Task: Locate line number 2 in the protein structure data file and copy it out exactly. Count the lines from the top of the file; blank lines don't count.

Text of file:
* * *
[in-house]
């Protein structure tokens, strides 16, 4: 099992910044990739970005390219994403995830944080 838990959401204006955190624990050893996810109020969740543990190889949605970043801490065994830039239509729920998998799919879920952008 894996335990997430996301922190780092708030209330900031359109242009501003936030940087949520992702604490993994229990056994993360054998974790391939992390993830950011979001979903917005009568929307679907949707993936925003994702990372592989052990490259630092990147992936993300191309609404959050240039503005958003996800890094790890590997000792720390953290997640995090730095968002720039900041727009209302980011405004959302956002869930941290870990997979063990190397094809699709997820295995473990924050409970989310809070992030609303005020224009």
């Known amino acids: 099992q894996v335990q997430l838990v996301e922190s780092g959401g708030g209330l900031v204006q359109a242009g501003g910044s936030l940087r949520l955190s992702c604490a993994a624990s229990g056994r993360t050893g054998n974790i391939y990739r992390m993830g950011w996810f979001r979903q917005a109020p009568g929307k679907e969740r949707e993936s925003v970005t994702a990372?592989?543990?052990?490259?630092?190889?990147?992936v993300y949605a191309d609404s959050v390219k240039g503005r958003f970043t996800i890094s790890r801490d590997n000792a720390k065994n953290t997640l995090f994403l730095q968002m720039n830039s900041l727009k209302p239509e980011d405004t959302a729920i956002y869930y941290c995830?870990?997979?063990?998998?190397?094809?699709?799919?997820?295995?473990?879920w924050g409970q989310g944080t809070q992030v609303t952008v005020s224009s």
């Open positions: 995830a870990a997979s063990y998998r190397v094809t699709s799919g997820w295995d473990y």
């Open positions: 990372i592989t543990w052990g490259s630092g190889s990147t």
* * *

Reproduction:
């Protein structure tokens, strides 16, 4: 099992910044990739970005390219994403995830944080 838990959401204006955190624990050893996810109020969740543990190889949605970043801490065994830039239509729920998998799919879920952008 894996335990997430996301922190780092708030209330900031359109242009501003936030940087949520992702604490993994229990056994993360054998974790391939992390993830950011979001979903917005009568929307679907949707993936925003994702990372592989052990490259630092990147992936993300191309609404959050240039503005958003996800890094790890590997000792720390953290997640995090730095968002720039900041727009209302980011405004959302956002869930941290870990997979063990190397094809699709997820295995473990924050409970989310809070992030609303005020224009």